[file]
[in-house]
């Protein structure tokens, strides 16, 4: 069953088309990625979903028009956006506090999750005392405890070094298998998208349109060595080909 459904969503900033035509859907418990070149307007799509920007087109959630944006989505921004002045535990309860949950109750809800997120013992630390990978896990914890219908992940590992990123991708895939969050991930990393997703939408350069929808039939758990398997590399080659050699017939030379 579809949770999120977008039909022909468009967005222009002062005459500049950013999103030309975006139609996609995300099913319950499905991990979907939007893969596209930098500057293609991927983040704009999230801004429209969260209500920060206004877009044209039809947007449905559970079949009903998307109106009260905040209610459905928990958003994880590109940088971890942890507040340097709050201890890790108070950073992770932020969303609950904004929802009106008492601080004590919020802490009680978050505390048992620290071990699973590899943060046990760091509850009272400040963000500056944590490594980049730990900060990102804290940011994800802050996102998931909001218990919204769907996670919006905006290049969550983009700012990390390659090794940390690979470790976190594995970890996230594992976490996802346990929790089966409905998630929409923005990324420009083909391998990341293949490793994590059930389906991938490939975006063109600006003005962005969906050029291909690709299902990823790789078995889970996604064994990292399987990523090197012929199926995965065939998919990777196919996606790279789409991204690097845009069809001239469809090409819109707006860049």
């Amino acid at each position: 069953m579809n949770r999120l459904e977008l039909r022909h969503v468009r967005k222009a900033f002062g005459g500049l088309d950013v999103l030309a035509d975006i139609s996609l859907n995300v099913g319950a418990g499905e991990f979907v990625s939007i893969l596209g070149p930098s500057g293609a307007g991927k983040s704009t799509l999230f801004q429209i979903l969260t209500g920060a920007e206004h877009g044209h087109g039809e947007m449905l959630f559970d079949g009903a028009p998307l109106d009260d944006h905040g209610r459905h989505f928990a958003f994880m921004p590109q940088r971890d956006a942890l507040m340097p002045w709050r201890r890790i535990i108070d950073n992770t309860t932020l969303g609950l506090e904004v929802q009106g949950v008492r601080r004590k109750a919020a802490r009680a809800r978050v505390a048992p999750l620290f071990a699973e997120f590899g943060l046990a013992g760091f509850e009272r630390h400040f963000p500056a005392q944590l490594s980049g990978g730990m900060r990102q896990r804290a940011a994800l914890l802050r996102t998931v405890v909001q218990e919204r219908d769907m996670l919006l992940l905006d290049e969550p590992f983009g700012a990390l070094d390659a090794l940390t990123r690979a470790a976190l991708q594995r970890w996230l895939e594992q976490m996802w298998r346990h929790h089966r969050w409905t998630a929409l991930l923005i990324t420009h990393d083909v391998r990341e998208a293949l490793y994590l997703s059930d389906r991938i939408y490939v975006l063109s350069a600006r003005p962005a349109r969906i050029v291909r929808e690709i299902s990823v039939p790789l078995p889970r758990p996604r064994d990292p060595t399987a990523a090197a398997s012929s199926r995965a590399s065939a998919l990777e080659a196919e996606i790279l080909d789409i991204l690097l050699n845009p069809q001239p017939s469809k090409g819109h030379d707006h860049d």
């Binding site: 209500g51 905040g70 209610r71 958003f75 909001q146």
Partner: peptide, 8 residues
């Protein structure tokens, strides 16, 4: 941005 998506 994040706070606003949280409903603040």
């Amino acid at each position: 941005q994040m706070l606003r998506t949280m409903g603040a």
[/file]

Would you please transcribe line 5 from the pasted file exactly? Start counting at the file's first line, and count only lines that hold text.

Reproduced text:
Partner: peptide, 8 residues